THE newly-installed baby safe in Glenwood which gives desperate mothers a significantly safer option than abandoning their babies in bins or bushes.     BONGANI MBATHA  African News Agency (ANA)
THE newly-installed baby safe in Glenwood which gives desperate mothers a significantly safer option than abandoning their babies in bins or bushes. BONGANI MBATHA African News Agency (ANA)

New Glenwood 'baby safe' opened in hope of ending scourge of baby dumping

By thobeka ngema Time of article published Jun 10, 2019

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Durban - Abandoned babies have been found in Glenwood since the start of the year since the start of the year, which led to non-profit organisation (NPO) Likhon iThemba founders choosing to install a baby safe, at the Charity Hop Shop, 121 Helen Joseph (Davenport) Road.

This is the first baby safe in Glenwood, and was unveiled last week.

Two other baby safes can be found at the Bluff, at NPO Isiaiah 54, and the Domino Foundation in Durban North.

Likhon iThemba founders Leanne Lorrance-Brown and Kim Brown said the Charity Hop Shop was the ideal place to install a baby safe.

“In our area, Glenwood/Umbilo, we’ve had five abandoned babies since the start of the year and only one was found alive,” Lorrance-Brown said.

They had wanted a baby safe for some time, but there were suggestions that it was controversial because baby safes could be seen as encouraging people to abandon their babies.

“It’s a safe option for babies. There was a lot of interest in the installation of this baby safe and we also received messages from mothers asking what their options were.”

Lorrance-Brown said the baby safe had cost R10500 without the electric connections, but a sponsor offered to pay the full amount. They were also supported by Uthingo Services and Westdyk Electrical, who assisted in making the safe and connecting the power supply.

Once a baby is placed in the baby safe and the safe is closed, it cannot be opened from the outside. The safe, which has a weight, triggers a sensor (it has a sim card) and it alerts by phone the people connected to the sim card that a baby is in the safe, and they then collect the baby.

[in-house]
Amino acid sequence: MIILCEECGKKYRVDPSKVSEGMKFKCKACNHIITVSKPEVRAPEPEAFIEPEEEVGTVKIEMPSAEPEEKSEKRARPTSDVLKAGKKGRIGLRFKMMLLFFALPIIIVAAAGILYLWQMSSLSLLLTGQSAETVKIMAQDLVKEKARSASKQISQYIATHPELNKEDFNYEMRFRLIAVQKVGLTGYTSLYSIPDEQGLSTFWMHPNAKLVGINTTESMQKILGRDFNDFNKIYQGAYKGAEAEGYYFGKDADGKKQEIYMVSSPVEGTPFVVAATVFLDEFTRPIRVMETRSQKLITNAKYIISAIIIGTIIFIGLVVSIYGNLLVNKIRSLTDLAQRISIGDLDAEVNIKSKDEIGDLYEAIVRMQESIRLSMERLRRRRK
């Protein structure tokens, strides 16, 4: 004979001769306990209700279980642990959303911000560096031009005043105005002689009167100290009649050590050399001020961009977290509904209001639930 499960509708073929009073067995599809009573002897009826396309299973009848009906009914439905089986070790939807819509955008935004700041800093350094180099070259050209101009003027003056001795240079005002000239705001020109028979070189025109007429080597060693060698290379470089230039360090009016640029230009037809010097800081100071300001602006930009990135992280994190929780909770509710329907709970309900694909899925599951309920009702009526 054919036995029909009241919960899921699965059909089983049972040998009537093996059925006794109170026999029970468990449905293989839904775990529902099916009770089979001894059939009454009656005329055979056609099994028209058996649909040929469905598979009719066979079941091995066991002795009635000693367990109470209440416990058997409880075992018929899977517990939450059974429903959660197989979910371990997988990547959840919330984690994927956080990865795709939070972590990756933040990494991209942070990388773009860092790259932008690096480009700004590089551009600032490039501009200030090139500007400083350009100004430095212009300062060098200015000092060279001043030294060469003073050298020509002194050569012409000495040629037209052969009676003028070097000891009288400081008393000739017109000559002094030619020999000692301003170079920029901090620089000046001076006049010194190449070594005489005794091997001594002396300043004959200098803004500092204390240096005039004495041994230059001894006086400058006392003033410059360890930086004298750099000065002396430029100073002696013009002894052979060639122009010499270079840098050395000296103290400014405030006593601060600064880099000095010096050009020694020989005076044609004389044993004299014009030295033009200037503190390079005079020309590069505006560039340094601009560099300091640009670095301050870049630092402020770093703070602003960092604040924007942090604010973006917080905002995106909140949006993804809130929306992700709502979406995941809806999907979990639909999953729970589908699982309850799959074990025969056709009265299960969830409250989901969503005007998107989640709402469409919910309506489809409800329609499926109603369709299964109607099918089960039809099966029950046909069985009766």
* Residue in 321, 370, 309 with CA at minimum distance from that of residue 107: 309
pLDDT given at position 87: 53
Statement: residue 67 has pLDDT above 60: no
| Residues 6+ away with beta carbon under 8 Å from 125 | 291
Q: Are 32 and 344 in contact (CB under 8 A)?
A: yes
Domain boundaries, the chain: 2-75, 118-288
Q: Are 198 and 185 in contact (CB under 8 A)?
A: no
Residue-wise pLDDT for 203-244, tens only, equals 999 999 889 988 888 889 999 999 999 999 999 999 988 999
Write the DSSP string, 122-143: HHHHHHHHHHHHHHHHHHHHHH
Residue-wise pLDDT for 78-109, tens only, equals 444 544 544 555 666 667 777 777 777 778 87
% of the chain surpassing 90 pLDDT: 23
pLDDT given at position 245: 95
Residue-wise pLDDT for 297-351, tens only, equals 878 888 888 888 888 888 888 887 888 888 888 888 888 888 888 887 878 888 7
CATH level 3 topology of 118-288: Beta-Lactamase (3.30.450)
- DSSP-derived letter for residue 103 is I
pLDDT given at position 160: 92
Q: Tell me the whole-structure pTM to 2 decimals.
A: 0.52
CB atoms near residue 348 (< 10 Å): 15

“We’ll be identifying other areas for baby safes but we’ll do that once this one is up and running smoothly,” Lorrance-Brown said.

She said Berea, Inanda and oThongathi were options for baby safes.

Glynnis Dauth, founder of Isiaiah 54, said they needed more baby safes because the more safes they had, the more babies they could save and help desperate mothers.

“They (babies) wouldn’t be thrown in the bushes and drains,” Dauth said.

She said baby safes could also be installed near universities and hospitals because some students were afraid to lose their funding and did not have any other option.

In hospitals, Dauth said nurses were not fond of adoption and encouraged mothers to take their babies.

“We just need someone to come forward and say they can have a hole in their wall and we’ll monitor it,” she said.

Since January, police and emergency services have been called to various locations in KwaZulu-Natal where babies had been dumped, with only a few being found alive.

Rescue Care’s Advanced Life Support Paramedic Ceron Meadows said while they did not have the exact figures, they were called out to too many cases of abandoned babies.

Last Tuesday, a newborn baby girl was found after being abandoned in bushes at the Engen garage near uShaka Marine World.

Police spokesperson Captain Nqobile Gwala said a 21-year-old was arrested for child abandonment on Thursday and was expected to appear in the Durban Magistrate’s Court Monday.

Daily News

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